On 16th July 2014, Sagam Village recieved four visitors from PharmAccess from both the Kenya and Amsterdam offices led by Onno Schellekens, who is the Managing Director. They were brought by the Executive Director of KMET, Mrs. Monica Ogutu, where they joined Dr Solomon Orero, who is Senior Technical Advisor RH/FP at JHPIEGO and also a Director at KMET .
The visitors were hosted in Sagam Hospital with a team led by Prof, Khama Rogo, who is the Founder of Sagam Hospital, and Benson Sewe Otieno, the Executive Officer. They were taken around Community Projects including Ahono Sinaga Community Water Project, Mindhine Youth Polytechnic, Sagam Dairy Project, Yaw Pachi Women Group, Biogas Project.
The tour was guided by Mr Zachary Were, who is a senior community member and board member of various community projects and Benson Sewe. Due to time constraints they were not able to visit all the projects but the were very happy with the visit and promised to come back. The main focus of their visit was to enhance the partnership they have had with Sagam Community Hospital which has been going on for some time through Pharm Access group of organizations such Medical Credit Fund, Safe Care, Pharm Access, Health Insurance Fund, Amsterdam Institute for Global Health and Development.
WHAT IS PHARM ACCESS FOUNDATION?
PharmAccess was intitiated in 2000 to bring life-saving antiretroviral therapy for HIV and AIDS to Africa.
Since its inception PharmAccess has been operating at the cutting edge of health sector support in Africa, pioneering innovative approaches. Initially, PharmAccess focused on the introduction of HIV/AIDS treatment in Africa. Later on, PharmAccess broadened its activities towards embedding HIV/AIDS treatment in general health care services, general health system strengthening, and the introduction of and support to health insurances schemes. Today PharmAccess is also concerned with supporting investments in the African health sector.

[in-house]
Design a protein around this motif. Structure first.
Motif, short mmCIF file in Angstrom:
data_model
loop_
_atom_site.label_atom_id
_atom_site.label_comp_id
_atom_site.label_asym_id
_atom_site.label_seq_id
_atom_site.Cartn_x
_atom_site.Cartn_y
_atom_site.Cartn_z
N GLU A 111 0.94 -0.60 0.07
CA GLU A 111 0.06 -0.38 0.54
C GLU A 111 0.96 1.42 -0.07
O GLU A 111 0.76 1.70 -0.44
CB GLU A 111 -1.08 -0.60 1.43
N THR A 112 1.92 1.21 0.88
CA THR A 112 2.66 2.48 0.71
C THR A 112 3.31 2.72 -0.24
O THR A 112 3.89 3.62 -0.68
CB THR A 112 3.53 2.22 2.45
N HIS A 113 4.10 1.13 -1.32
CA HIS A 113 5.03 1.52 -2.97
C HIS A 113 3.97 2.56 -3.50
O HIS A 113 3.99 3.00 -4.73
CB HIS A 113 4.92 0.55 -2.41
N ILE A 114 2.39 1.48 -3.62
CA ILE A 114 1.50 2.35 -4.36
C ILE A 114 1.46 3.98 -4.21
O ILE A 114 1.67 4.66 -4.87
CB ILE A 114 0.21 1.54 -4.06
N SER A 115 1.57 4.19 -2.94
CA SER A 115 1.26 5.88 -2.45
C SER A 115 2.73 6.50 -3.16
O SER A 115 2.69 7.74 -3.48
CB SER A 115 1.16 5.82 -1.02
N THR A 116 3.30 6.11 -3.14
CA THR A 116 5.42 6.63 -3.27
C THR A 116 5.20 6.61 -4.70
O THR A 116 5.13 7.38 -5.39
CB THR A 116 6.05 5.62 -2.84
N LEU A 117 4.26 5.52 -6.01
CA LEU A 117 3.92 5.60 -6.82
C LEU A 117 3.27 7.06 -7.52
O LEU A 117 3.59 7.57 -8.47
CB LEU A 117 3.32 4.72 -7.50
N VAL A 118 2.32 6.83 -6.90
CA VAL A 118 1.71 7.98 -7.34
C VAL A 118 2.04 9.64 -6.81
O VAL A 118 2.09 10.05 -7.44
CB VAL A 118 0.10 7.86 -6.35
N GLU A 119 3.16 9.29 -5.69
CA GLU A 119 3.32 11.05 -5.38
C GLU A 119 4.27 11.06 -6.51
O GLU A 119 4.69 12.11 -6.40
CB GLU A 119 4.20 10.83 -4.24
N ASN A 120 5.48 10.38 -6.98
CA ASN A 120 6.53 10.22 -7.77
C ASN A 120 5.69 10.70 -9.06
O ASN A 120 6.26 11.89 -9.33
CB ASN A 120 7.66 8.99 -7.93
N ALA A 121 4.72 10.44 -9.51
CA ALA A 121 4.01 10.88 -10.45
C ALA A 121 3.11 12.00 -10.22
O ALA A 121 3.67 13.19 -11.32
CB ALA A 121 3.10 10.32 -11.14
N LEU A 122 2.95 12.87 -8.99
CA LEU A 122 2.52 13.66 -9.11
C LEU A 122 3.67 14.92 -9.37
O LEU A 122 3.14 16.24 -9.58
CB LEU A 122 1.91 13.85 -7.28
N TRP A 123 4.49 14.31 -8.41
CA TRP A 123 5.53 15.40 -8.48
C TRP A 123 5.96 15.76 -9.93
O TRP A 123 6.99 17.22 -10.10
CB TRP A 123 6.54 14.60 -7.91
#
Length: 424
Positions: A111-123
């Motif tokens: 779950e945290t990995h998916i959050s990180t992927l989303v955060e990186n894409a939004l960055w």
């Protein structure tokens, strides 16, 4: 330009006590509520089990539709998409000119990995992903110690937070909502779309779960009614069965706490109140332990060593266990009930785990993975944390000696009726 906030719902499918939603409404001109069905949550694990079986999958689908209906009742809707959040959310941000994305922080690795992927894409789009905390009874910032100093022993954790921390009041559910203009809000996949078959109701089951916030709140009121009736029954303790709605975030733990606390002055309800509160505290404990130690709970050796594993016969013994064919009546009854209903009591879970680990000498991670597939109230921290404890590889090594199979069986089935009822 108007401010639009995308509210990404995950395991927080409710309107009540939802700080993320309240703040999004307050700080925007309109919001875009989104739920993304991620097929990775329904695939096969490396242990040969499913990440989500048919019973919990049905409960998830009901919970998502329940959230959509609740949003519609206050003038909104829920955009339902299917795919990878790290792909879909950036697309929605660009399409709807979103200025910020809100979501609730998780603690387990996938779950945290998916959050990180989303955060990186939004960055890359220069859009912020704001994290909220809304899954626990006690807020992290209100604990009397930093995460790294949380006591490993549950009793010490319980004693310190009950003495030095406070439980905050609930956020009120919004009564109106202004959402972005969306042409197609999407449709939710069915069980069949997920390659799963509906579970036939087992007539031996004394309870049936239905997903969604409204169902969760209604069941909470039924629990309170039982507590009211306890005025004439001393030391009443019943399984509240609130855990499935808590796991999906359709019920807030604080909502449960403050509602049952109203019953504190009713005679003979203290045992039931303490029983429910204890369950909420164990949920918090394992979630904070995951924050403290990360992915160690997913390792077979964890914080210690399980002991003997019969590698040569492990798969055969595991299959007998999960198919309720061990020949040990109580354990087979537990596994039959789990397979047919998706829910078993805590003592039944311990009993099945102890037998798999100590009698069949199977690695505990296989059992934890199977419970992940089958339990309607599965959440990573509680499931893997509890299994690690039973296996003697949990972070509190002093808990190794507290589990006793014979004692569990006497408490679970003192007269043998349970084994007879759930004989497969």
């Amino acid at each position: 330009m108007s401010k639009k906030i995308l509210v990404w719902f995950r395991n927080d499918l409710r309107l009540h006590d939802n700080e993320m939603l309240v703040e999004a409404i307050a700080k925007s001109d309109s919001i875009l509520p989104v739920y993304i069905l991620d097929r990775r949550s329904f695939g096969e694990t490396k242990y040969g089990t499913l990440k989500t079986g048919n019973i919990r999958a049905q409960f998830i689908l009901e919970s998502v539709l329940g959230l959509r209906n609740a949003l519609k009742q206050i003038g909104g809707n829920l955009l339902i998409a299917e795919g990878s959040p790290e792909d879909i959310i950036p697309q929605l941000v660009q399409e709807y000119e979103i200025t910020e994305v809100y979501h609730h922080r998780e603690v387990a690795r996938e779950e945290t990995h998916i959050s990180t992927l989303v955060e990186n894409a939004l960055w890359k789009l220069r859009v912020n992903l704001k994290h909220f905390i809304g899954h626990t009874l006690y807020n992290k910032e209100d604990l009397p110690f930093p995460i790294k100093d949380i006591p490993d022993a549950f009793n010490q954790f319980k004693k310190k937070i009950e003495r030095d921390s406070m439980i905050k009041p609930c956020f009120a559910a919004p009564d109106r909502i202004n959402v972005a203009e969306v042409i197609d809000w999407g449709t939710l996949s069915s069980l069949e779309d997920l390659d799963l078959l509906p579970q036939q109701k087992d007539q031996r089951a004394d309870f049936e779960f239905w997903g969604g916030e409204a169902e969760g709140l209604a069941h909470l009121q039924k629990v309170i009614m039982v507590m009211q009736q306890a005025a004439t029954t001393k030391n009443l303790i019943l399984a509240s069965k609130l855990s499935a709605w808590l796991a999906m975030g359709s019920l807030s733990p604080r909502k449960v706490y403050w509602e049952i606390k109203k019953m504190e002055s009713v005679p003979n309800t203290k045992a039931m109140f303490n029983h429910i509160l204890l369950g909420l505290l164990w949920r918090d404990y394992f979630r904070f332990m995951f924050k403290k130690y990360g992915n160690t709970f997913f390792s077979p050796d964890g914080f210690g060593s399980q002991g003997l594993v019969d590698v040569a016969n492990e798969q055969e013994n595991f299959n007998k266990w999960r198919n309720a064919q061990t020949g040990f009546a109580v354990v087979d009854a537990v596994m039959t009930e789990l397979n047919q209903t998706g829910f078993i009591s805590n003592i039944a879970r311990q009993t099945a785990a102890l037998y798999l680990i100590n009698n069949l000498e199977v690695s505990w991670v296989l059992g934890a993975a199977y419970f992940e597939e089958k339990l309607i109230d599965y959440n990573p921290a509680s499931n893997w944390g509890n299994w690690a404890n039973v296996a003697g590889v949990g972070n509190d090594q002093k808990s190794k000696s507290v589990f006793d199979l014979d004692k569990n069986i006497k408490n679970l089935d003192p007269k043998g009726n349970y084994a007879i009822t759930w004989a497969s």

The aim of PharmAccess is to improve access to quality basic health care, including HIV/AIDS treatment and care in sub-Saharan Africa, through building sustainable health systems. To achieve its aim PharmAccess introduces a new approach, which advocates a different organization of the healthcare delivery and contributes to the building of sustainable health systems and a sustainable health care economy. PharmAccess works closely with public and private health providers, private insurance companies, Health Maintenance Organizations (HMOs), Third Party Administrators (TPAs) and national and multi-national companies in 31 African countries. PharmAccess aims to alleviate the healthcare burden of African governments through establishing public- private partnerships. PharmAccess always works with local organizations in order to avoid brain drain.
The PharmAccess Group is dedicated to affordable access to quality health care in Africa, by stimulating investments through partnerships with the private sector and government institutions. This group of non-profit organizations has a shared goal, working towards achieving inclusive health care for Africa.